View attachment 228179
https://nl.hardware.info/monitoren.8/samsung-c27hg70.403192#testresultaten (scroll to "Standaardmodus kleurweergave")

Overshoot at 60 Hz has been fixed as well AFAICT, while the ASUS VG27AQ (165Hz, IPS) has it in spades unless you set the overdrive to 0.
Contrast sits right in between the best VA panels and a typical IPS I'd say. But more importantly it doesn't have yellow corners shining into the image, ruining shadow detail.

You are right, that adjusting the brightness in sRGB works. (I swear it didn't when I first tried.) I had some other setting that I could only apply by letting the OSD time out, so I'll blame it on the firmware :eek:). It also has issues on two NVIDIA Optimus notebooks with the HDMI port wired to the Intel GPU. In games it would switch to 30 Hz and TV range. This may be in part due to the NVIDIA drivers, but another display worked just fine.

I'm on the fence right now comparing with a 266€ s27h850qfu IPS, 75Hz FreeSync, which has dust under the coating, yellow corners and less contrast, but has no apparent firmware issues, a clear coating that makes uniform colors look less grainy and has overall better color accuracy (ΔE2000 1,50) except for red, which looks a tad rusty, as well as being able to display input from two sources on a split screen (might come handy for notebook+PC).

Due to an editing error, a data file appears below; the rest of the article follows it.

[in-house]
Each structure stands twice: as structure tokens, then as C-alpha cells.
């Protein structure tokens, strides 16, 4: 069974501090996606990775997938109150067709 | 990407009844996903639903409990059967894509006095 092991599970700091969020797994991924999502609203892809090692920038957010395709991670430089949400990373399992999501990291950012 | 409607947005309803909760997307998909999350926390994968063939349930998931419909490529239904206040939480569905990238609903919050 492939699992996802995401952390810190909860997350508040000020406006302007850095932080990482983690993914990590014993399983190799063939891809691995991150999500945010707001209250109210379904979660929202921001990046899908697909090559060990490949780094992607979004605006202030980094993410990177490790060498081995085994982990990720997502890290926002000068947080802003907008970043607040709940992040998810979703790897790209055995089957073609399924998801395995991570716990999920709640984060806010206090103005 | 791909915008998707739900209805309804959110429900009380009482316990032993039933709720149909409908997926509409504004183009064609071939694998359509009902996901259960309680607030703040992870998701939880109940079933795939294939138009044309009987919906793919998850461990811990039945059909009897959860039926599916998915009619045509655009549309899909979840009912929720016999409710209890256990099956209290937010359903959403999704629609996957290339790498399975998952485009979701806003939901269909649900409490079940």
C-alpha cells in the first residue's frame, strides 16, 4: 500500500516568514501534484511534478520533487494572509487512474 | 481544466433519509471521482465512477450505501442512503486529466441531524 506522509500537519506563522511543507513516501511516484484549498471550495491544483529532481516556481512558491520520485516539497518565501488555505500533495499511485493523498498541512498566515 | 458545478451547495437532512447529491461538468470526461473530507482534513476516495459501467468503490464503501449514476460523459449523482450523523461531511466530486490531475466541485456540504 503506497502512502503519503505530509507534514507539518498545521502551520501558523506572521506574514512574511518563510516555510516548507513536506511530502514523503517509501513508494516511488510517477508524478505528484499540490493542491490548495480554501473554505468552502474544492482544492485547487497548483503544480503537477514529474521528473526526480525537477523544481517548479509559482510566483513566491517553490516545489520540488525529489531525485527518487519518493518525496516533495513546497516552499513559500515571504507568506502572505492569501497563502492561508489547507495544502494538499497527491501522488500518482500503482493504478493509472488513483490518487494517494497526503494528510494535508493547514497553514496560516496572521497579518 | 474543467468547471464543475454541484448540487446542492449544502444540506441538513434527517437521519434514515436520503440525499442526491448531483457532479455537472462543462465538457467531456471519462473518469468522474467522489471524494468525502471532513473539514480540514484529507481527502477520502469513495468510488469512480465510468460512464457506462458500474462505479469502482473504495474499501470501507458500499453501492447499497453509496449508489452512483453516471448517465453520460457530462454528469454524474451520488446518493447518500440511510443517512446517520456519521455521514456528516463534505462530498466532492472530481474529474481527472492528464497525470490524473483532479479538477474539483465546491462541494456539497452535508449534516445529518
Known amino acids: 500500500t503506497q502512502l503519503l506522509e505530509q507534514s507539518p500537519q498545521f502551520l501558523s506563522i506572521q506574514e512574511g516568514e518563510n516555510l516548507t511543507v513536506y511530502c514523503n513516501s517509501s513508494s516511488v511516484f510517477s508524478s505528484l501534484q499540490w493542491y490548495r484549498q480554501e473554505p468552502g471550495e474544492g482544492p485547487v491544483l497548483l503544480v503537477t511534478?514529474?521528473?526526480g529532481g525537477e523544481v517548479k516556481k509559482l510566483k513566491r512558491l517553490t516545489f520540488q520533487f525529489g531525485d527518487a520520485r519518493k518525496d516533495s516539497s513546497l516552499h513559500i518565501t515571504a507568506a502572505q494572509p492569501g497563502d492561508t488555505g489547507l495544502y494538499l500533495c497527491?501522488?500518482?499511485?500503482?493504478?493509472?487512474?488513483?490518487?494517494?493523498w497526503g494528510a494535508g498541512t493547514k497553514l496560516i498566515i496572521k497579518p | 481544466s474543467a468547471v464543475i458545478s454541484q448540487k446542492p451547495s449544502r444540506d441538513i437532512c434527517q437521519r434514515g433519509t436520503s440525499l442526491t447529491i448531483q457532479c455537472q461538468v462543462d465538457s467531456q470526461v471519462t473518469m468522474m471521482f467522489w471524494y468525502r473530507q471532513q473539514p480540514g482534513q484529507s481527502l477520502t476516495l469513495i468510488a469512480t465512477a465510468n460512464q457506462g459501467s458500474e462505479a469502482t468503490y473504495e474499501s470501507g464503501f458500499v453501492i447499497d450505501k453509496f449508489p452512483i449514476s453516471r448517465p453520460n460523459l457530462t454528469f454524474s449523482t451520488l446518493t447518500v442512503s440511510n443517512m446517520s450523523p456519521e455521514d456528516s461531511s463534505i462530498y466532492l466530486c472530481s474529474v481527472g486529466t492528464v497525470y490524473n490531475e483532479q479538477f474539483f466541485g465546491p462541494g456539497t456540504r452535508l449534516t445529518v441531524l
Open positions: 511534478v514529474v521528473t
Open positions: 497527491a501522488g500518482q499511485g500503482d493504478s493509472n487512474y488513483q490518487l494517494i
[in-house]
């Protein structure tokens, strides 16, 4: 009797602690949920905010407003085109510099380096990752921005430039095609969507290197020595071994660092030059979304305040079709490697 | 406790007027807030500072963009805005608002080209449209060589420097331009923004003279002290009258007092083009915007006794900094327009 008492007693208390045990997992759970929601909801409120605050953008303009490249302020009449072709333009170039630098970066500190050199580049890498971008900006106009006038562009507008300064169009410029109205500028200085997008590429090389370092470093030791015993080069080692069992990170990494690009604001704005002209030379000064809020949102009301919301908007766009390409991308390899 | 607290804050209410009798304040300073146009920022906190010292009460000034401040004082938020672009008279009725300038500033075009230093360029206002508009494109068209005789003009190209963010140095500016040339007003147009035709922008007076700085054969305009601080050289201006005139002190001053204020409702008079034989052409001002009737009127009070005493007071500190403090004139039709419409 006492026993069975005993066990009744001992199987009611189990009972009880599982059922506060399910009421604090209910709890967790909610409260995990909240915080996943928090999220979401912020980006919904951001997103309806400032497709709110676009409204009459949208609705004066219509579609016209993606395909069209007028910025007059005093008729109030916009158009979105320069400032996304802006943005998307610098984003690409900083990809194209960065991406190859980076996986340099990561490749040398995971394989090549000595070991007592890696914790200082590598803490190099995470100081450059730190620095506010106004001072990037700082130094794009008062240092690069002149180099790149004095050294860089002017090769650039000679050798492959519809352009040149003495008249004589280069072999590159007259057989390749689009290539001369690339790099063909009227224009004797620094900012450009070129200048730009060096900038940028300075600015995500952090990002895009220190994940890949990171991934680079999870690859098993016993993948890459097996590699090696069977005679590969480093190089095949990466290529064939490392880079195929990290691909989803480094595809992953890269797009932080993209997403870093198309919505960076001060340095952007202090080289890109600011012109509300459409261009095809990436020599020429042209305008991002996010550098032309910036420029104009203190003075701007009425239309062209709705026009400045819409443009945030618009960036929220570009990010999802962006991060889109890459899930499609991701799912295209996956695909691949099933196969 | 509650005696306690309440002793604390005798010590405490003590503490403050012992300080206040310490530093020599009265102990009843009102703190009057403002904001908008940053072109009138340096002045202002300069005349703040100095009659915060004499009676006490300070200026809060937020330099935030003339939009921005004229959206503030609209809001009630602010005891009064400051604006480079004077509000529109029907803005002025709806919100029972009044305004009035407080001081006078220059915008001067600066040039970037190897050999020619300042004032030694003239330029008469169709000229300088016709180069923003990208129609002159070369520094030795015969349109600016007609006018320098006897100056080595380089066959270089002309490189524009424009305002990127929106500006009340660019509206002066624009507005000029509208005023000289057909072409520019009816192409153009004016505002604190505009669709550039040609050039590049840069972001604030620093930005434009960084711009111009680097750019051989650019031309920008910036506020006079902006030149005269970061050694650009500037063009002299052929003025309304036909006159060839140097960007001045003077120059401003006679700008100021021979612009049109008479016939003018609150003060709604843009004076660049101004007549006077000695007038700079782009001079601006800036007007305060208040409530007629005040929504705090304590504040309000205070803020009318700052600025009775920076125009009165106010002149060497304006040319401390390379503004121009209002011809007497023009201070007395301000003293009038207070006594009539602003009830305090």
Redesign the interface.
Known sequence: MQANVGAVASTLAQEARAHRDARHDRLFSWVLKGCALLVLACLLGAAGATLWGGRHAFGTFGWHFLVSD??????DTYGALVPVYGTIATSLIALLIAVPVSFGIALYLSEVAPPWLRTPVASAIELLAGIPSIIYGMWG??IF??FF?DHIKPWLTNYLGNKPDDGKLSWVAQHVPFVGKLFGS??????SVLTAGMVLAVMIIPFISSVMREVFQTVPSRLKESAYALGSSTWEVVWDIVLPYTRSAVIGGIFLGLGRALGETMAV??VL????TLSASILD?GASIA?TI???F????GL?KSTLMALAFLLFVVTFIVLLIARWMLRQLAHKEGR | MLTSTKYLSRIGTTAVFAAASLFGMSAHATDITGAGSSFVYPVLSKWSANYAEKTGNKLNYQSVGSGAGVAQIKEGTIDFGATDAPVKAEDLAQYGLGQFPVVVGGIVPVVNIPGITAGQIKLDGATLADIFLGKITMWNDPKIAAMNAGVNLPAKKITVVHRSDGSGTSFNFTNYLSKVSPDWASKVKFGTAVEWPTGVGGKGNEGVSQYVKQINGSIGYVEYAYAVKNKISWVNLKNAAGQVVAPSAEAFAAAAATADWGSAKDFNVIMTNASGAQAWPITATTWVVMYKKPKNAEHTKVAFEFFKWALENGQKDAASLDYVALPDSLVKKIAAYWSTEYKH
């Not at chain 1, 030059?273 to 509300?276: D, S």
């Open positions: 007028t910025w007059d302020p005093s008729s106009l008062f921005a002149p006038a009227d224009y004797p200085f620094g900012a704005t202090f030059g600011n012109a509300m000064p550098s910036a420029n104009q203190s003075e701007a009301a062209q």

Thanks for clarifying. I thought you were talking about overshoot artifacts. If the overdrive settings are off, it leads to some bad discoloration of moving objects on VA monitors. My Samsung has none of that, and it looks like your monitor doesn't have that either, which is great news.
 
Joined
Dec 3, 2019
Messages
32
Some more testing with http://www.lagom.nl/lcd-test/black.php revealed something to me. The C27HG70 can be set to 60Hz or 120Hz while the computer is set to 60Hz. When the monitor is set to 60Hz, the horrible overshoot is there, while at 120Hz it isn't. Apparently the firmware does internal frame doubling. I cannot test FreeSync here, but I expect the same kind of overshoot there. Since I'll play games at lowish FPS, that could look horrible. The black level test also finally reveals some purple smear, that I didn't notice in Alien: Isolation.
 
Top